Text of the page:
Perhaps you need to work with an attorney on your Chapter 7 case because you own valuable property or you have a disability that prevents you from preparing paperwork without assistance. Or perhaps you simply prefer to have a lawyer’s help and you don’t qualify for free or low-cost assistance through a legal aid society. Or perhaps you have some questions about bankruptcy law that you’d like to ask a lawyer before you commit to a plan of action. Great news! You can schedule a confidential, no-risk, no-obligation initial consultation with a consumer bankruptcy attorney practicing in Arlington or a nearby community.

Tofind an attorney who offers free consultations in or near Arlington, check out these websites:

  • The National Association of Consumer Bankruptcy Attorneys (NACBA)

  • The Virginia State Bar Association

  • The D.C. Bar Association

When you arrive for your consultation, you can ask as many questions as you have. The only commitment you have to make to this process is time and energy. At the end of the consultation, you will neither be obligated to file bankruptcy nor to work with a lawyer moving forward. The free consultation process is essentially a “try it before you buy it” situation. It costs you nothing. The decision to work with an attorney moving forward or to file bankruptcy on your own is always up to you.

Filing Without a Bankruptcy Attorney

You can achieve a fresh start through Chapter 7 bankruptcy, whether you choose to work with a legal aid society, hire a private attorney, or file “pro se.” “Pro se” is the term used by bankruptcy courts to describe filers who don’t seek the assistance of a lawyer when preparing their bankruptcy cases. You’ll be considered a pro se filer if you prepare your petition on your own, even if you attended a free consultation with an attorney.

Using Upsolve’s Free Web Tool to File Bankruptcy on Your Own

If you’re up to the (likely) straightforward challenge of preparing your bankruptcy case yourself, you’ll want to take advantage of no-cost, reputable resources designed to help self-filers like yourself. To start, you can find two very useful resources on the Upsolve website. Upsolve is a nonprofit organization funded primarily by Harvard University. Its team is dedicated to helping anyone struggling with debt explore their options and to helping low-income Chapter 7 filers successfully navigate the bankruptcy process at little or no cost.

The first tool you’ll want to check out is Upsolve’s free filing tool. If your case is “simple” and straightforward, you may be eligible to use this platform to access your bankruptcy forms. Once you’ve used this tool to fill out your forms in a secure, easy-to-navigate way, you can print them out and file them with the court. Dealing with paperwork challenges is arguably the toughest thing about the Chapter 7 bankruptcy process. The Upsolve filing tool eliminates most of this stress and guesswork.

Even if you aren’t eligible to use the filing tool, you can find valuable guidance at no cost on the Upsolve Learning Center hub. This resource is available to the public for free and without a login. It features hundreds of guides to bankruptcy and other debt management options. These guides are written by attorneys, which helps to ensure the reliability of this helpful information.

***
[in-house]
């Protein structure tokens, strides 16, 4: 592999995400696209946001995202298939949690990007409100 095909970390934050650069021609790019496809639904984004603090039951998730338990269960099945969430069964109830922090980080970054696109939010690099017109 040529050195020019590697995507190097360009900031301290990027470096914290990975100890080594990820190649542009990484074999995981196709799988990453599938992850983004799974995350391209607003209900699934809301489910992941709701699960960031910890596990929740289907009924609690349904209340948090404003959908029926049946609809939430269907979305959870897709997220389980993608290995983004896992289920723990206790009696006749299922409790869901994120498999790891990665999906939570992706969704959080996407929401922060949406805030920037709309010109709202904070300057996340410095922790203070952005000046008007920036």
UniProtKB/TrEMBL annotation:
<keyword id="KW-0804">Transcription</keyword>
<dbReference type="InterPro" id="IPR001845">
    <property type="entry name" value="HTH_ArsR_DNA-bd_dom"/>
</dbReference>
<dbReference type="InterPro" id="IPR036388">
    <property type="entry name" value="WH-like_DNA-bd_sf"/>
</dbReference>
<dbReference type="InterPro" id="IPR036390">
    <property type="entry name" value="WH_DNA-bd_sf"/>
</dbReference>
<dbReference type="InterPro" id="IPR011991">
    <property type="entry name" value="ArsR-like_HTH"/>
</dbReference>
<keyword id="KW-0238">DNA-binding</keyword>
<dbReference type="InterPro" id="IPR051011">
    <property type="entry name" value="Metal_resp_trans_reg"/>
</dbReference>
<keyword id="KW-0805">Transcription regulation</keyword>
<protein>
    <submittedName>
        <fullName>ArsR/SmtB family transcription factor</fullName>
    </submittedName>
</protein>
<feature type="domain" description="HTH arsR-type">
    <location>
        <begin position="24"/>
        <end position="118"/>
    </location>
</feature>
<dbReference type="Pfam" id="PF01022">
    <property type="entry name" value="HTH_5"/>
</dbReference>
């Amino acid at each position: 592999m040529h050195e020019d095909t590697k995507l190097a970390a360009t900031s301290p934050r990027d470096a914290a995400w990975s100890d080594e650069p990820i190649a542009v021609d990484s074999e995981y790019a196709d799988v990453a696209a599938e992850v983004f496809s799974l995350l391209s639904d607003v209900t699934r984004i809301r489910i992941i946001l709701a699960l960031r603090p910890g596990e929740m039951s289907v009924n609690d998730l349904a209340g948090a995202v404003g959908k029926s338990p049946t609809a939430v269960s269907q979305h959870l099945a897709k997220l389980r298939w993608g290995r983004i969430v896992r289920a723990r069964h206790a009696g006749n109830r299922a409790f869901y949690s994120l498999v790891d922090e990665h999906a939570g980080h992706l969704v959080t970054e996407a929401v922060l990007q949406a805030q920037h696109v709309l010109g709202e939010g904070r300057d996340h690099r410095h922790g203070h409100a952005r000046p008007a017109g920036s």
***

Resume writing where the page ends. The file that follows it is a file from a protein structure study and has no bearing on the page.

Self-help Resources at the Bankruptcy Court

You can also pick up printed information about the different types of bankruptcy at a nearby bankruptcy court. This information may be particularly helpful if you plan to request a waiver of your filing fee or if you’d like information about what to expect at your meeting of creditors.

Blue Ridge Legal Services, Inc.
(540) 433-1830
204 North High Street, P.O. Box 551, Harrisonburg, VA 22803

Central Virginia Legal Aid Society, Inc.
(804) 648-1012
101 West Broad Street, Suite 101, P.O. Box 12206, Richmond, VA 23241-2206

Legal Aid Society of Eastern Virginia
(757) 827-5078
125 St. Paul's Boulevard, Suite 400, Norfolk, VA 23510

Legal Services of Northern Virginia, Inc.
(703) 778-6800
4080 Chain Bridge Road, 1st Floor, Fairfax, VA 22030

Virginia Legal Aid Society, Inc.
(434) 528-4722
513 Church Street, P.O. Box 6200, Lynchburg, VA 24505-6200

Upsolve
Nationwide Service (NYC Office)

Let’s Summarize

There is no “right” or “wrong” way to file for Chapter 7 bankruptcy. If you want to invest in the services provided by a private law firm, great. If you want to take advantage of free or low-cost legal services provided by a nonprofit organization, great. If you want to save money and retain total control over your case by filing pro se, great. You should approach the bankruptcy process in whatever way will best help you and your family achieve a fresh financial start.

Just remember, if you choose to file pro se, there are reputable, free resources available to help you through this process successfully. Additionally, if you’re not yet sure of whether filing bankruptcy is the best option for your situation, you can schedule a free credit counseling session to explore all of the options available to you at this time. 



It's easy to get help

Choose one of the options below to get assistance with your bankruptcy:

Free Web App

Take our screener or read our bankruptcy F.A.Q. to see if Upsolve is right for you.

Take Screener
7,768 families have filed with Upsolve! ☆
or

Private Attorney

Get a free bankruptcy evaluation from an independent law firm.

Find Attorney

Upsolve is a 501(c)(3) nonprofit that started in 2016. Our mission is to help low-income families who cannot afford lawyers file bankruptcy for free, using an online web app. Spun out of Harvard Law School, our team includes lawyers, engineers, and judges. We have world-class funders that include the U.S. government, former Google CEO Eric Schmidt, and leading foundations. It's one of the greatest civil rights injustices of our time that low-income families can’t access their basic rights when they can’t afford to pay for help. Combining direct services and advocacy, we’re fighting this injustice.

To learn more, read why we started Upsolve in 2016, our reviews from past users, and our press coverage from places like the New York Times and Wall Street Journal.

Close

Considering Bankruptcy?

Try our 100% free tool that thousands of low-income families across the country have used to file bankruptcy themselves. We are funded by Harvard University, will never ask you for a credit card, and you can stop at any time.

Get Your Fresh Start